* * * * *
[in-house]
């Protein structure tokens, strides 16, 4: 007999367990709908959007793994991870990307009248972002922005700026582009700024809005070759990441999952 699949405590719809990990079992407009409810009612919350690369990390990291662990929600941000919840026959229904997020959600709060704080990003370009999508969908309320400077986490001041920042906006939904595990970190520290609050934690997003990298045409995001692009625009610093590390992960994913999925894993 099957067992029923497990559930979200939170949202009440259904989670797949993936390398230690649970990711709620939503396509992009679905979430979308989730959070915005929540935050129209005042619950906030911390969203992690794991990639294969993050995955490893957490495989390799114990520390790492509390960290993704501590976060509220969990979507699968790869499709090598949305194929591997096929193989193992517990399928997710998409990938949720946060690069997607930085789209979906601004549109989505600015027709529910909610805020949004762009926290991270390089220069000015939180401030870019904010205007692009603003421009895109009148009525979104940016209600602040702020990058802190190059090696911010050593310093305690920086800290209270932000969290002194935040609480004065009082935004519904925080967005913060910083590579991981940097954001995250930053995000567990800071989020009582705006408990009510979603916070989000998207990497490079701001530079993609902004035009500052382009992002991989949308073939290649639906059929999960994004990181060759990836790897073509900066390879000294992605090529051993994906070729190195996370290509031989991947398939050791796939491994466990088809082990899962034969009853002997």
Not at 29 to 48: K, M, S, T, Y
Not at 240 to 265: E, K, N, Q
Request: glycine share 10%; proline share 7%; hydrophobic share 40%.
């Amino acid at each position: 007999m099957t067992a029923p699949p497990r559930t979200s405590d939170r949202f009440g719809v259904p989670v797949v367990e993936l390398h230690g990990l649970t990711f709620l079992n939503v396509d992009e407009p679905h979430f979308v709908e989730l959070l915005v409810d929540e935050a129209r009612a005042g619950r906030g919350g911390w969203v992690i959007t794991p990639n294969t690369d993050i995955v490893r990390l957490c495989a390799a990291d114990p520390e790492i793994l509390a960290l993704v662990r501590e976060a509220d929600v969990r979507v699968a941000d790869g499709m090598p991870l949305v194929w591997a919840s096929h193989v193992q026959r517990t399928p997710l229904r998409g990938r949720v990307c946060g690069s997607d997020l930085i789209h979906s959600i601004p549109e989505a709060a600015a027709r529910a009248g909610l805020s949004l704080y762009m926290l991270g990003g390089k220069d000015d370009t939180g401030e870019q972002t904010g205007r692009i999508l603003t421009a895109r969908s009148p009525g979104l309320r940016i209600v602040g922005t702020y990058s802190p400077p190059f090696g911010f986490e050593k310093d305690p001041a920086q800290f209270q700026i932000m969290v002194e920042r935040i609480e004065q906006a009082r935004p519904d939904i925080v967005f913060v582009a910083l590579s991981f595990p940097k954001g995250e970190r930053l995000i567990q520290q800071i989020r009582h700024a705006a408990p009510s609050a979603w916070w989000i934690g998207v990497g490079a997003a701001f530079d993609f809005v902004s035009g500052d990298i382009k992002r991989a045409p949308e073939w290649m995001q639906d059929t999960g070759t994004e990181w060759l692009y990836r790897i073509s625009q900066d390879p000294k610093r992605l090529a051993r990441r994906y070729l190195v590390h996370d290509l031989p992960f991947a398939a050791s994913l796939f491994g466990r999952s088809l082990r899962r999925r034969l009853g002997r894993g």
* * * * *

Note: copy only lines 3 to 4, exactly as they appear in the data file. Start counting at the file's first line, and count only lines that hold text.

Not at 29 to 48: K, M, S, T, Y
Not at 240 to 265: E, K, N, Q